Now, to tackle my three page list of things to do this spring. Yes, I still make extensive lists for almost everything. It just relieves my brain from having to remember everything.
We’ve had beautiful, rain-free weather this past week. A little on the chilly side but make hay, etc. etc. Weeding the flowerbeds. Seems as if we are beset by bedstraw this year. Or as I like one of its other common names sticky willie. Grrrrrrrrrrr. I hate this stuff.
Bringing out all my pots, mixing large batches of soil – potting soil, manure, peat. Planting about thirty of them for sun, shade, large, small. Oh, my back but I just divide the job up to smaller pieces.
Then a big push on to get the main garden planted. It’s a serious garden of about 25 x 40 feet. The sweet corn was planted a few weeks ago and is making a good showing. The peas finally came up in the spring garden (a whole different garden area), and we have been eating fresh lettuce for several weeks. The asparagus patch is nearly done for the year.
Yesterday meant planting tomatoes, peppers, beans, eggplant, herbs, more corn, and lots of flowers for cutting. It’s not very interesting at this point but in a few weeks, it should really start growing.
So, let’s talk about cicadas. It’s the widely touted seventeen year emergence. And they’re HERE! At least emerging. They do not have mouths or stingers so they’re harmless to handle. They feel kinda creepy as they crawl on you with their little claws.
I remember the last time they were here, the air was a cacophony of a high pitched sound, like something you might hear on an old sci-fi movie. I guess we’ll deal with it or stay inside. And remember, the birds and especially our chickens love these things and go after them like candy.
We had a little over an inch of snow last night. The sight that greeted us this morning was so pretty. Every branch and plant was covered. Actually, it seems as if we haven’t had a heavy snow of several inches for a few years. Even though winter has been relatively mild – so far, I am already sick of the season. News exhaustion, tired of restrictions, worried about COVID. Missing my family.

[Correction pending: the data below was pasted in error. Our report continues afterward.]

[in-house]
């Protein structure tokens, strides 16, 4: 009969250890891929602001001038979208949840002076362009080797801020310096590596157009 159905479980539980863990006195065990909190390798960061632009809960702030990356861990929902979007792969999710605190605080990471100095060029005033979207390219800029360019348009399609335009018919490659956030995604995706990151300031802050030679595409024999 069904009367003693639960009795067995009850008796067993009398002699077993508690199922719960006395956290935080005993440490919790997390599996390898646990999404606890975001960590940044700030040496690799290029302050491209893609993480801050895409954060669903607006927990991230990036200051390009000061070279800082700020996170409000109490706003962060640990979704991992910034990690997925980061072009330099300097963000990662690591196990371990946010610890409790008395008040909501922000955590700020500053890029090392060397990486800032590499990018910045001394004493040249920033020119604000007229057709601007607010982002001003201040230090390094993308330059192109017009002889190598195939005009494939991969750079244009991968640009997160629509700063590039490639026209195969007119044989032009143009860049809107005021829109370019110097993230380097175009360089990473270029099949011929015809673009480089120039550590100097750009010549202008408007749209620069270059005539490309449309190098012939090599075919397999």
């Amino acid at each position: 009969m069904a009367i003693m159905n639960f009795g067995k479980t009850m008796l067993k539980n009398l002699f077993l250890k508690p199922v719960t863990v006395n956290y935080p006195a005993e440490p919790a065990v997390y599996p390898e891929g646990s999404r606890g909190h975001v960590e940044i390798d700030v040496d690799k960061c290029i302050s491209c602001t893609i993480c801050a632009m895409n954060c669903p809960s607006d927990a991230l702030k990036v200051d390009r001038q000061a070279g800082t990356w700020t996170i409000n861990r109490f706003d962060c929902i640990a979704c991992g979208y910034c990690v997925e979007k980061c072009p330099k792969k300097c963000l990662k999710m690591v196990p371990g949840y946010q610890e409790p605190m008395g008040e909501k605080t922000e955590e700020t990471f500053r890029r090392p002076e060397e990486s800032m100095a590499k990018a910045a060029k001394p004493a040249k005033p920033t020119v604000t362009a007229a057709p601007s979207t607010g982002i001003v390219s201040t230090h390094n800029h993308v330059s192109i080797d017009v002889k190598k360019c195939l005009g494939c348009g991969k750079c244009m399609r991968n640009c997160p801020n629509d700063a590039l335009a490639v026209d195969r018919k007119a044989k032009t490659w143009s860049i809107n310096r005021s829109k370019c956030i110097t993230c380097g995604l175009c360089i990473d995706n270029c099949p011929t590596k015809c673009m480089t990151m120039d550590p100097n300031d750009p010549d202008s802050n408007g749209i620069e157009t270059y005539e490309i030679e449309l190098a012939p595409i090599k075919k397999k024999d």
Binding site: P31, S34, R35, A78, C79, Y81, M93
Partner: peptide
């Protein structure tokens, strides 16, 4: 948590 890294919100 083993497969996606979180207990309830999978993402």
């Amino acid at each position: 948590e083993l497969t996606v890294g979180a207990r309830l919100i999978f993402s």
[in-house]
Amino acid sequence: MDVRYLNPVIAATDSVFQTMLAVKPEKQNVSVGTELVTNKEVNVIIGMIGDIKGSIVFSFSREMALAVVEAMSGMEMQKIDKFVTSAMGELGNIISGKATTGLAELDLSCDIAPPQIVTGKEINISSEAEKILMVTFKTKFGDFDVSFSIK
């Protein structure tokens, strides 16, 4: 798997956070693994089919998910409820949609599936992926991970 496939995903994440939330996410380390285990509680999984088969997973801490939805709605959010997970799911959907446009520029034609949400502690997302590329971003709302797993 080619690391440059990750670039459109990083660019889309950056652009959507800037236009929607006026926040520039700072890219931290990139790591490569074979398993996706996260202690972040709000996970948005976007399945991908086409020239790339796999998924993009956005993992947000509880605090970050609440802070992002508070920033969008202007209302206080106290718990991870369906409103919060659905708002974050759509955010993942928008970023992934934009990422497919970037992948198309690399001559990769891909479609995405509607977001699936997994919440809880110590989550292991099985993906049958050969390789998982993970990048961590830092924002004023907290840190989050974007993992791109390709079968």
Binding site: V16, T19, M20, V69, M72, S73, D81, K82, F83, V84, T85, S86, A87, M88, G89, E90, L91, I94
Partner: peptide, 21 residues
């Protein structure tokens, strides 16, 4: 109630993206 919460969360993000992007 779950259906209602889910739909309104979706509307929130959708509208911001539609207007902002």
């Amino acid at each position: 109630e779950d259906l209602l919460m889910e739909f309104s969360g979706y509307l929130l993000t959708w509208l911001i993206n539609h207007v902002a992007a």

The past few weeks since the holiday crush, I have been concentrating on finishing up my Breaking Bread series of paintings. These are middling to large, 24 x 30 paintings expressing my thoughts and observations of people eating together, or not as the case may be. A few are humorous but most are thought-provoking. Scenes we see every day or used to at least. But they are also mentally or emotionally draining.
I decided to take a little respite this week and paint something lighter. Think spring. Back to some small watercolors with pen and ink, even colored pencil added. Some florals and landscapes. Promises of things to come in a few months.
The first one that I tackled was Spring Daffodils. This is a landscape of the naturalized daffodils in my yard. Sometimes they come up as early as mid-February but usually they’re not out in full force until March and April. It’s just such a peaceful scene with spring colors.
Another scene is of some of the purple irises out by the woodshed. I know that I planted these shortly after we moved here many years ago but can’t remember the name. It doesn’t really matter. I have many varieties of irises from light purple to deep purple, peach and white, and some more that I’ve forgotten. It’s always a pleasant surprise to see them explode in color in some out of the way place.
I’ll take another week “off” to paint some of these spring scenes. They have lightened my mood and inspired me during these dismal times. Then I’ll get back to the more serious series. I have four more paintings to complete before the big show in May and June.
I hope you have some activity to inspire you during these difficult times, too. Take care of yourselves.